Mainstream platforms such as Amazon and eBay have long been major sporting goods sellers, and well-known brands such as Adidas and Nike have also opened their own branded stores on e-commerce platforms to sell end products and other merchandise to avoid cannibalization. Retailers such as Decathlon have gone a step further by opening their own marketplaces to enhance their core expertise and expand their reach into the wider sporting goods market. Other, more specialized platforms that cater to specific sports and categories are also emerging.
The European sporting goods market is served by a range of online and omni-channel retailers, with at least one major player in the top 100 in each country. For example, Germany has several ball retailers appearing in the rankings, representing a certain size in the sports and outdoor goods and equipment market, which is also the development of cross-border e-commerce with countries such as Switzerland, Austria, Poland and the Czech Republic. result of development. In contrast, the UK has only one retailer (Sports Direct) in the top 20.
The distribution of European retailers is also influenced by some well-known brands, usually brand giants such as Nike and Adidas to promote cross-border sales through other retailers and brand stores around the world.
- Growth points of the European sports industry in 2022
Like all retail verticals, sports shoppers in Europe have seen dramatic changes in their shopping habits throughout the pandemic, but perhaps not as dramatically. In sporting goods, the shift in consumer behavior to online shopping has been far less dramatic than in other areas, while the return to brick-and-mortar retail has been more rapid.
So what are the growth points and trends of European sporting goods in 2022 and beyond?
The epidemic has made more consumers in Europe pay attention to their health, thanks to the strong focus on fitness among young people and the growing influence of the fitness industry. Paradoxically, Europe’s obesity crisis is also growing, and governments are starting to take action to curb it.
A 2020 UK study found that eight times as many teenagers are exercising to lose weight than in 1986. When surveyed last year, 6 in 10 14-year-olds said they exercised to lose weight, compared with just 7 percent in 1986.
Millennials and Gen Z make up 80% of the overall fitness club membership, while 85% of gym members also exercise at home. 89% of people aged 16 to 34 use fitness apps to exercise.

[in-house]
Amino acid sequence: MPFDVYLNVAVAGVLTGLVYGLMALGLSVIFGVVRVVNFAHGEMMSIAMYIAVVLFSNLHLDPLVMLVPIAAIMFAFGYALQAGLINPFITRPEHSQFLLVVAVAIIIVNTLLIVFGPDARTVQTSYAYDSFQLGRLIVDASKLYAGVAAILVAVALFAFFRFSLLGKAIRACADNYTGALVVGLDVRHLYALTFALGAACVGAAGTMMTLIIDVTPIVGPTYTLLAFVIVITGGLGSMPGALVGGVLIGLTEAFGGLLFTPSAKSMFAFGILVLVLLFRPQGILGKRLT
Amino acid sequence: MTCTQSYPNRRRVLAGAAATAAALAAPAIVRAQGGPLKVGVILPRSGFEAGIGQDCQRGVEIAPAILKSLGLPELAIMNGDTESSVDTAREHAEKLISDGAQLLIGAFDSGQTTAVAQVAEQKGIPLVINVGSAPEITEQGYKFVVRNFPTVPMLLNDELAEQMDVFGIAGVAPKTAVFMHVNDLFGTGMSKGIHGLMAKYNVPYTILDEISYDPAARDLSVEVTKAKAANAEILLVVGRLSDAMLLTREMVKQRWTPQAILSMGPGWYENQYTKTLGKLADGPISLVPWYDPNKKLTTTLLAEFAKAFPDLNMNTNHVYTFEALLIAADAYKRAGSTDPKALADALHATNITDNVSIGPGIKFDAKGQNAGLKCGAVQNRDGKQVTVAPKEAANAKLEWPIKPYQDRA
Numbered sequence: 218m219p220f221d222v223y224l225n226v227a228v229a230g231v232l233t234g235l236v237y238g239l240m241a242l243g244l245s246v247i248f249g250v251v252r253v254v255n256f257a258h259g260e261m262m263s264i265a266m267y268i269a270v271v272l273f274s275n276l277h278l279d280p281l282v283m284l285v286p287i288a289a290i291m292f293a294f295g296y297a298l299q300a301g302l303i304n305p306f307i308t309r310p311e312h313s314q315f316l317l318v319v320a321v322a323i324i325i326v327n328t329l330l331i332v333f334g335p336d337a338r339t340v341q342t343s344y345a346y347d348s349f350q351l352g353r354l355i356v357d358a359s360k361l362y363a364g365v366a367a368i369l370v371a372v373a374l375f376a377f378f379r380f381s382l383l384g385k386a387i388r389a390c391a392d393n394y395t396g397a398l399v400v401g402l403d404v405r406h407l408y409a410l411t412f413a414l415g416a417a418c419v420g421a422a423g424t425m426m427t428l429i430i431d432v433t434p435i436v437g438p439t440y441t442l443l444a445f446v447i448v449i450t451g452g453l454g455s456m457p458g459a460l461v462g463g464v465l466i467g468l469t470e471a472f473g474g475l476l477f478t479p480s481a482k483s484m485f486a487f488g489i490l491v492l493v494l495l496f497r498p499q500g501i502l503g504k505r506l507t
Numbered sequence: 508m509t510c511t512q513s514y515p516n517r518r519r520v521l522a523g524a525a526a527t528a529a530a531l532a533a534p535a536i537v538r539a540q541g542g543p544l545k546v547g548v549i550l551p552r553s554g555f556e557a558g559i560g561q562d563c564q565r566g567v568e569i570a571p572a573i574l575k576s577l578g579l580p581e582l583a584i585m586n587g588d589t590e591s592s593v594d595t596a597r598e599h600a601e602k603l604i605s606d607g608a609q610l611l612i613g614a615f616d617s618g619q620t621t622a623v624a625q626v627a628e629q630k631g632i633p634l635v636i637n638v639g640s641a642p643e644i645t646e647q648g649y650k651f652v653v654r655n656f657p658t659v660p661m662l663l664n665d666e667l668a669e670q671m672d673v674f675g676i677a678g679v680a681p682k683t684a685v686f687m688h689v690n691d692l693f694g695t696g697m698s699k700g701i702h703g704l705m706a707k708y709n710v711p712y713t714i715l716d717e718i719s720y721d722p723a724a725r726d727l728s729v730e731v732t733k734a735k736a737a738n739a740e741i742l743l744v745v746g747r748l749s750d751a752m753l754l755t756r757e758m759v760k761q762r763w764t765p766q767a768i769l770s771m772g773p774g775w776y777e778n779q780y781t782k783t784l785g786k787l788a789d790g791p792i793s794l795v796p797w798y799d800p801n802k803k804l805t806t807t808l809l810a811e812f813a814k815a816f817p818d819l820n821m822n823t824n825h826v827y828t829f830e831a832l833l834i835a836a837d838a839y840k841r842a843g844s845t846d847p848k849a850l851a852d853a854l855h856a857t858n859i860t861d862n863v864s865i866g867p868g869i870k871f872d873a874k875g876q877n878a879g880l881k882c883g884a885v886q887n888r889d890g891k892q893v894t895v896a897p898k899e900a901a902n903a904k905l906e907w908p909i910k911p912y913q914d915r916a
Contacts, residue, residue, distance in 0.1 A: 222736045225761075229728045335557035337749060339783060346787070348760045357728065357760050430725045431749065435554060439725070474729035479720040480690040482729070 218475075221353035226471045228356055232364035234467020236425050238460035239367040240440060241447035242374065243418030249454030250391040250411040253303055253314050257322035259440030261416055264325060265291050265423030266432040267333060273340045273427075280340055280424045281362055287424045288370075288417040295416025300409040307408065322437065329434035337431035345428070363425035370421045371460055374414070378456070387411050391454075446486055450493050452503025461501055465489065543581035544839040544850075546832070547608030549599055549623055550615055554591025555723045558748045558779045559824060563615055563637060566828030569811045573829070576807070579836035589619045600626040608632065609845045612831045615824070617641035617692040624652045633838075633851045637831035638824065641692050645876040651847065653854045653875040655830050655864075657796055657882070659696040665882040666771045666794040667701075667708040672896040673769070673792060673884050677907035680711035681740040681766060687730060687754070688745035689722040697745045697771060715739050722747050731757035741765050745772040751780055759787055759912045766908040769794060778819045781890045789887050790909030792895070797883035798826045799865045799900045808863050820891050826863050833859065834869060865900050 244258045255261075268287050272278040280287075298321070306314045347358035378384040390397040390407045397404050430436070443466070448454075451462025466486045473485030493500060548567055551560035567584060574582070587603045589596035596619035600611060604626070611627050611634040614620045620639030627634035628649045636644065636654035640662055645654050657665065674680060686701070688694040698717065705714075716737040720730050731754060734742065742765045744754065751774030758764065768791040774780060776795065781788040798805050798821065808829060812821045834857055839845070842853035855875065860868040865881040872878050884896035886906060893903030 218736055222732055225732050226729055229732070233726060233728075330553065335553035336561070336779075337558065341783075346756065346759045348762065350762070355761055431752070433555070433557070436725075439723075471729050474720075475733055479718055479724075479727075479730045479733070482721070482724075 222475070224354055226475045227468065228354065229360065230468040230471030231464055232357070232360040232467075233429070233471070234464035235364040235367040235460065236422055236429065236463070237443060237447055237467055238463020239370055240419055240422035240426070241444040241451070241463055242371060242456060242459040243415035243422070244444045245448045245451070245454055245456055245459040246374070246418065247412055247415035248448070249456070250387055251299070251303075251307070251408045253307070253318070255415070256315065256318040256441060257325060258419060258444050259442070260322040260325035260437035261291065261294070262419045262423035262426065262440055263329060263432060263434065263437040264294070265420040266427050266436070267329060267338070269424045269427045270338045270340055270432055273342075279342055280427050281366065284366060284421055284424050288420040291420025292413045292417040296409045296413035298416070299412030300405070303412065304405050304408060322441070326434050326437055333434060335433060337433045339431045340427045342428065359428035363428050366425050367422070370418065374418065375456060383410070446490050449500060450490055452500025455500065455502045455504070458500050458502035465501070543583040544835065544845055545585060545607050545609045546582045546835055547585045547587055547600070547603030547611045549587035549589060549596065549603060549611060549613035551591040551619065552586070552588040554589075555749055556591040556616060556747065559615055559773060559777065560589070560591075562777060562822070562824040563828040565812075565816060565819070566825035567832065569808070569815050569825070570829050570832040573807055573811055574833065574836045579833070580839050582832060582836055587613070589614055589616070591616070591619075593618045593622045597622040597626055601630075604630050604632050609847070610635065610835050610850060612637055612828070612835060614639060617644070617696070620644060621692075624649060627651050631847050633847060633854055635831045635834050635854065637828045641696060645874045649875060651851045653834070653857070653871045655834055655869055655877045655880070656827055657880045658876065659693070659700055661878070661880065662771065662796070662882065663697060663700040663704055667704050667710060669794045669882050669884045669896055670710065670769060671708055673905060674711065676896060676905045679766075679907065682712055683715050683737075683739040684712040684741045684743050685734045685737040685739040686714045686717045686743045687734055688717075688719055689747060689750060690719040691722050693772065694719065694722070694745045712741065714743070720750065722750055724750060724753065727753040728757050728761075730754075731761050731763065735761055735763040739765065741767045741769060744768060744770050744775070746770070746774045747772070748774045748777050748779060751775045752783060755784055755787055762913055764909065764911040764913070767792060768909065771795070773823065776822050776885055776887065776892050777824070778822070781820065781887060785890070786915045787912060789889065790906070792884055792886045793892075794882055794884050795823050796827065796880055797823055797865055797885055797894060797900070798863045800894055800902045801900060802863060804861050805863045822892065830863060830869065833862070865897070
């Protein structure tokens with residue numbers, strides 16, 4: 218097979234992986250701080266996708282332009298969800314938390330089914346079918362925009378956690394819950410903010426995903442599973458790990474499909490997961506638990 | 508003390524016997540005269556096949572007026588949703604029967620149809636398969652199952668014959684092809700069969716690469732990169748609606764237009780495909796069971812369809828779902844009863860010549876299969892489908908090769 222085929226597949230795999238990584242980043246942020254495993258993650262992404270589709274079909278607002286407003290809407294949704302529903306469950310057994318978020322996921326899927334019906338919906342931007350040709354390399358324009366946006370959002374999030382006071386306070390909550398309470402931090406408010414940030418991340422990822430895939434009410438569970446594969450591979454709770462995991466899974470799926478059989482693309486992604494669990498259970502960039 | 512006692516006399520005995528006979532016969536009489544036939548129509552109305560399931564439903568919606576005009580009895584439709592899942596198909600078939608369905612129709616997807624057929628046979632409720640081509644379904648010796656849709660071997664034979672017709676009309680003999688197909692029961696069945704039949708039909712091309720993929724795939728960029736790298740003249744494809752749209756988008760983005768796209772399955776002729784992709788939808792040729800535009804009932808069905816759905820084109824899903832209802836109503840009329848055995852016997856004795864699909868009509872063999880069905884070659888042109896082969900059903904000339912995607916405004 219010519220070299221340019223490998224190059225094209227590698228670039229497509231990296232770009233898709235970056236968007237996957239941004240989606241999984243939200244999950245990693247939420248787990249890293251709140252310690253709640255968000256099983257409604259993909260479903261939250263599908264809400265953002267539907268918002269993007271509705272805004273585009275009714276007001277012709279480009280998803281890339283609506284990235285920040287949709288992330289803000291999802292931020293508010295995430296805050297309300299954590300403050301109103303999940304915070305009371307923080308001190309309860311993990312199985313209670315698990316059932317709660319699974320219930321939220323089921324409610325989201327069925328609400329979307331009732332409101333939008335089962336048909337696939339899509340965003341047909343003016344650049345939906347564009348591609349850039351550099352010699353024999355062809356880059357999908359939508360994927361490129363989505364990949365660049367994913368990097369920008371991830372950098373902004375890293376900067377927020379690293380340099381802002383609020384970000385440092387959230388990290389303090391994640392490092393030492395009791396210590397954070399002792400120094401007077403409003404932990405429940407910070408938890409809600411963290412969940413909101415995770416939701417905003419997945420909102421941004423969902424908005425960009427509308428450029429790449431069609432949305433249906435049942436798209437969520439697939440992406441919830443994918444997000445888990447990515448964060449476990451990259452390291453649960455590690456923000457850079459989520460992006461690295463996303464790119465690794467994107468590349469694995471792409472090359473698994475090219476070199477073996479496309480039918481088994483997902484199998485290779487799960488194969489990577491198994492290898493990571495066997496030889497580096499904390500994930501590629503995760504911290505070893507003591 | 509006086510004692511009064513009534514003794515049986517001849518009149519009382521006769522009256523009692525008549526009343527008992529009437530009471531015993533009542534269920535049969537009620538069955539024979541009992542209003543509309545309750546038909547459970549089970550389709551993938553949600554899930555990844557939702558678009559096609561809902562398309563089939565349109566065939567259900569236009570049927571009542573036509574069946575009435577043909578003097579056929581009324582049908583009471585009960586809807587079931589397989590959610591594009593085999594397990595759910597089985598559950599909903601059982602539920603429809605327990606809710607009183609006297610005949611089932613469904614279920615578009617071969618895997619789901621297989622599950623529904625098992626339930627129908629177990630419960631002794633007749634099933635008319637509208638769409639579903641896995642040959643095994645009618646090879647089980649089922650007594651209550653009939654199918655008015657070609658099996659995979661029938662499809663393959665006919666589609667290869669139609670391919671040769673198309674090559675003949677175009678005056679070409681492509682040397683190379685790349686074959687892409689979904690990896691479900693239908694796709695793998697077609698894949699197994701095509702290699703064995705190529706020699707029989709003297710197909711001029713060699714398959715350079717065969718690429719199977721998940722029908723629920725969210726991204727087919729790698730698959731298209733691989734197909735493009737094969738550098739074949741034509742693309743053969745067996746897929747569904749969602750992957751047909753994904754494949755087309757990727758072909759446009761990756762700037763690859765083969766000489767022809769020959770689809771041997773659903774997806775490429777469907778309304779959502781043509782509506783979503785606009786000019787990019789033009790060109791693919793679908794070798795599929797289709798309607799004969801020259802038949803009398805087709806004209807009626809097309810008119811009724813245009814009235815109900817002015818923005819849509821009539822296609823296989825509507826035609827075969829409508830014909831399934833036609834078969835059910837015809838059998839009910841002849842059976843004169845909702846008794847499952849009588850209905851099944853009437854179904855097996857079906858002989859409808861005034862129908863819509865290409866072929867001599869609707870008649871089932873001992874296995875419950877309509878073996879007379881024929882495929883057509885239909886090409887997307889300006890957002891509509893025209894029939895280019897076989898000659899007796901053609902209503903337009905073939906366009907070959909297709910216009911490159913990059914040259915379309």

As these young users continue to exercise and resume team sports and other activities that have been curtailed during the pandemic, this will further drive growth in sporting goods sales.
The fitness industry is also being driven by the Gen Z and millennial cohorts as they focus not only on fitness but also on overall physical and mental health. From 2017 to 2021, the global health industry market size has grown by 6.4%, with a market value of approximately $3.7 trillion.
Fitness is just one key area of that. The growth of the wellness industry directly drives the growth in the purchase of sporting goods, especially footwear, apparel and sports equipment, and promotes related technology upgrades.
Childhood obesity is on the rise in southern European countries. The figures show that in Cyprus, Greece, Italy, Malta, San Marino and Spain, around one in five boys (ranging from 18% to 21%) are obese.
This is where the government is taking action to improve children’s health and encourage people to participate in sports and exercise. This will lead to an increase in the demand for sporting goods in the entire European market, and the business opportunity can be described as self-evident.
At the same time, Gen Z and millennials are driving growth in the sports and fitness industries. Younger groups account for more than 65% of the overall proportion of virtual fitness users. The main consumer groups are eager for a seamless and interconnected fitness experience. The experience provided by merchants needs to adapt to people’s lifestyles and match different sports scenarios. Therefore, fitness software that incorporates virtual technologies such as AR, and the corresponding fitness equipment/technology can attract consumers’ attention more than ever.